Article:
An Unsung Hero of the New York Art Scene
Reviewed by Marjorie Heins
Richard Bellamy was that strangest of New York City art dealers: he was totally uninterested in money. He was, however, in love with the challenging and avant-garde, and had an expert eye for the next big thing. In the late 1950s and early '60s, he discovered and championed such subsequent stars of pop art, minimalism, and large-scale sculptural abstraction as Claes Oldenburg, James Rosenquist, Donald Judd, and Lee Bontecou, generously referring them to more commercially savvy dealers when he knew that he couldn't represent them profitably. The art historian Judith Stein has given us a biography of this iconoclastic hero with, as its background, a panorama of the New York art scene in those critical years when new trends, including a return to figuration, displaced the Abstract Expressionist canon that had ruled the realm up through the mid-1950s.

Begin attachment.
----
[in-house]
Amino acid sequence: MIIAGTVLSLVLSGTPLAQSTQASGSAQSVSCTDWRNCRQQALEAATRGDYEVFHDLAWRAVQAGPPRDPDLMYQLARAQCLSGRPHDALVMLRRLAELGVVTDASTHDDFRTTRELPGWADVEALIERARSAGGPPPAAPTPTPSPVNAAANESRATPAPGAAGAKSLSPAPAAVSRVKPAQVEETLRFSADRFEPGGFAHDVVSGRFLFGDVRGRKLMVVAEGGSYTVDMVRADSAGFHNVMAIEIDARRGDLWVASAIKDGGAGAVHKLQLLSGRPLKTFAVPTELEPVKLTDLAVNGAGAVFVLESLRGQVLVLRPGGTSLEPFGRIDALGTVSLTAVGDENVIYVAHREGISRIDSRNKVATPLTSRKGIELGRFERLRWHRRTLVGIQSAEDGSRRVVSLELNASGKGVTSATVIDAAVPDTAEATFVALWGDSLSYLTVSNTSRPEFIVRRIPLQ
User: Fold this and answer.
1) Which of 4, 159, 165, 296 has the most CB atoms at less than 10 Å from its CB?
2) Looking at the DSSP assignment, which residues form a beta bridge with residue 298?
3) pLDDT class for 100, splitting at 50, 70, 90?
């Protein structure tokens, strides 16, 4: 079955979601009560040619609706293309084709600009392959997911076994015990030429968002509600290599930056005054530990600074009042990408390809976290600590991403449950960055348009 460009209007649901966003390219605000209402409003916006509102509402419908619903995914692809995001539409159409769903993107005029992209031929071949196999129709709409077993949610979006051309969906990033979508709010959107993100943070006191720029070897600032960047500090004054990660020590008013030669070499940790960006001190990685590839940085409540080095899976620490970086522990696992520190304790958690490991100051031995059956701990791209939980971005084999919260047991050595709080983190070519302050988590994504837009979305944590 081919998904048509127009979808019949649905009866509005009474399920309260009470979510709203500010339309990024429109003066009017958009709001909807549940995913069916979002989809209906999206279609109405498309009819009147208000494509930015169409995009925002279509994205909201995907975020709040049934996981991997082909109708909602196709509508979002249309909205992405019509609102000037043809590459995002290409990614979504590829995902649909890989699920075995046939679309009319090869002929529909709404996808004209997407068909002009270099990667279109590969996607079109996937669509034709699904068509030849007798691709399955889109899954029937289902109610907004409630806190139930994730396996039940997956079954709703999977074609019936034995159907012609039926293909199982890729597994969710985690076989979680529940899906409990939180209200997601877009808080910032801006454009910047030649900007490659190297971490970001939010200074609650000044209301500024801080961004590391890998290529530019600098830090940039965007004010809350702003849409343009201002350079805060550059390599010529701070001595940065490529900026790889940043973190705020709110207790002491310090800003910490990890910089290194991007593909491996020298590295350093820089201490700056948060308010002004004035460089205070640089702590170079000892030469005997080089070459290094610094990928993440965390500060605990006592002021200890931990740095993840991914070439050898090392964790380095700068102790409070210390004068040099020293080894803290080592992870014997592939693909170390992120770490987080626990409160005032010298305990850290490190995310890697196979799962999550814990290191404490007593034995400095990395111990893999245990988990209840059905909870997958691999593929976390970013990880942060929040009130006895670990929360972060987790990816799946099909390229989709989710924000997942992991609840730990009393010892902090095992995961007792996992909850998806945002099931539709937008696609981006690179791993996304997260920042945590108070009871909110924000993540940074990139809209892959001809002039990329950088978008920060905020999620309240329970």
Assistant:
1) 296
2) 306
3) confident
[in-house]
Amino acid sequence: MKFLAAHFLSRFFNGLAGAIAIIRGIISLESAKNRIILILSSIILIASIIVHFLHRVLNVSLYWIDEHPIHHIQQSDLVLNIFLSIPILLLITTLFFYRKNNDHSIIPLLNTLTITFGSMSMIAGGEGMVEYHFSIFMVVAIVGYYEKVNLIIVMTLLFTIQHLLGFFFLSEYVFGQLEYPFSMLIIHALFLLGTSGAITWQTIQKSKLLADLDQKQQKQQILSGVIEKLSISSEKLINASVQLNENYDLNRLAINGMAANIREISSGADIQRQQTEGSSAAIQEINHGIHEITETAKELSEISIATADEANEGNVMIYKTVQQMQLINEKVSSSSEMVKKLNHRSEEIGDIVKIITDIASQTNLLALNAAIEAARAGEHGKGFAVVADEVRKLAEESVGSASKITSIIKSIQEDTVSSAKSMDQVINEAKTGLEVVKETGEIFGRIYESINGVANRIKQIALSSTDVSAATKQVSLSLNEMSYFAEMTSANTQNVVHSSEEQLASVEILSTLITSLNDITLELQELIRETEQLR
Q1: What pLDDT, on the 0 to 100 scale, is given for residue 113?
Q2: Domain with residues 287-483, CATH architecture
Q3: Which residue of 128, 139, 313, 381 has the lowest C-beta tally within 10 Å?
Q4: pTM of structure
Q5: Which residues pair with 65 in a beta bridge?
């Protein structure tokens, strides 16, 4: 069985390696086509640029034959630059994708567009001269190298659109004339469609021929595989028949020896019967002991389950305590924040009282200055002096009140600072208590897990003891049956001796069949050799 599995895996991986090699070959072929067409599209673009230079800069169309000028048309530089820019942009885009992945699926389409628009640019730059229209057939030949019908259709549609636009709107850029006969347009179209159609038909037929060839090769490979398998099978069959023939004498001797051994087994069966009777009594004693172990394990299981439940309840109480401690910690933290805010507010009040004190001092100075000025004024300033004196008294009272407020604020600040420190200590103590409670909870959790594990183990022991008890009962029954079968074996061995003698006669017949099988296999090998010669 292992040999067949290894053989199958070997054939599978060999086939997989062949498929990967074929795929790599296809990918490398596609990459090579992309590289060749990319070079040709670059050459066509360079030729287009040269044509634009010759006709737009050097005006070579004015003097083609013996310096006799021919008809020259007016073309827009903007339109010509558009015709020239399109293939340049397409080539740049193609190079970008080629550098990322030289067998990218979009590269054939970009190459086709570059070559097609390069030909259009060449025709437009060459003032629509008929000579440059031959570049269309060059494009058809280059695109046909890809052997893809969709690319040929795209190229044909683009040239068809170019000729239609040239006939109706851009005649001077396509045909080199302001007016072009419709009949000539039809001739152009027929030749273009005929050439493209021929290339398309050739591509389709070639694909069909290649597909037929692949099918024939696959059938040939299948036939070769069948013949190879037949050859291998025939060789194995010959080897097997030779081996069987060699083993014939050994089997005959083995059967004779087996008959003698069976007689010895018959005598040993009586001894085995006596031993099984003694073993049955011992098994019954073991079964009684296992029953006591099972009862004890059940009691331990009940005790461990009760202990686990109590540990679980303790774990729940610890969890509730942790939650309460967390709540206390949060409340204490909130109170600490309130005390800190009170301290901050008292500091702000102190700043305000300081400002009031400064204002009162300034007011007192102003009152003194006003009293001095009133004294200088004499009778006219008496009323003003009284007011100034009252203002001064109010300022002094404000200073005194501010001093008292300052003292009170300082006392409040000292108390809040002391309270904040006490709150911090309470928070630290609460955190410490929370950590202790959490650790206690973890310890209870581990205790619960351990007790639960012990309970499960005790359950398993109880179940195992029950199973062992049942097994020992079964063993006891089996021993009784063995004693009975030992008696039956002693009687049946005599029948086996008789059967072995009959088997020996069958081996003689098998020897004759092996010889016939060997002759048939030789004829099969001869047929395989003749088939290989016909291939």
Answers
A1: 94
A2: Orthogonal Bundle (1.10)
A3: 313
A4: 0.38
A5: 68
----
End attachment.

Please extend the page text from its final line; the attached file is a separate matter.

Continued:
It's a biography with the subject's eccentricities and warts in full view. Bellamy, the son of a Chinese mother and Caucasian dad, was plagued from childhood by societal racism; he was a rebel who never finished college; he was slovenly, irresponsible, and a lifelong alcoholic, and seemed to lack any direction or ambition until he fell in with the artistic and literary crowd in Provincetown in 1949, at the age of twenty-one. He loved modernist literature (Ezra Pound's obscurantist poems, Marcel Proust's seemingly endless novel, In Search of Lost Time, and Vladimir Nabokov's Lolita were among his favorites), and he had an intuitive, untutored appreciation for the immediacy and impact of visual art. The critic Irving Sandler dubbed him "the eye of the sixties."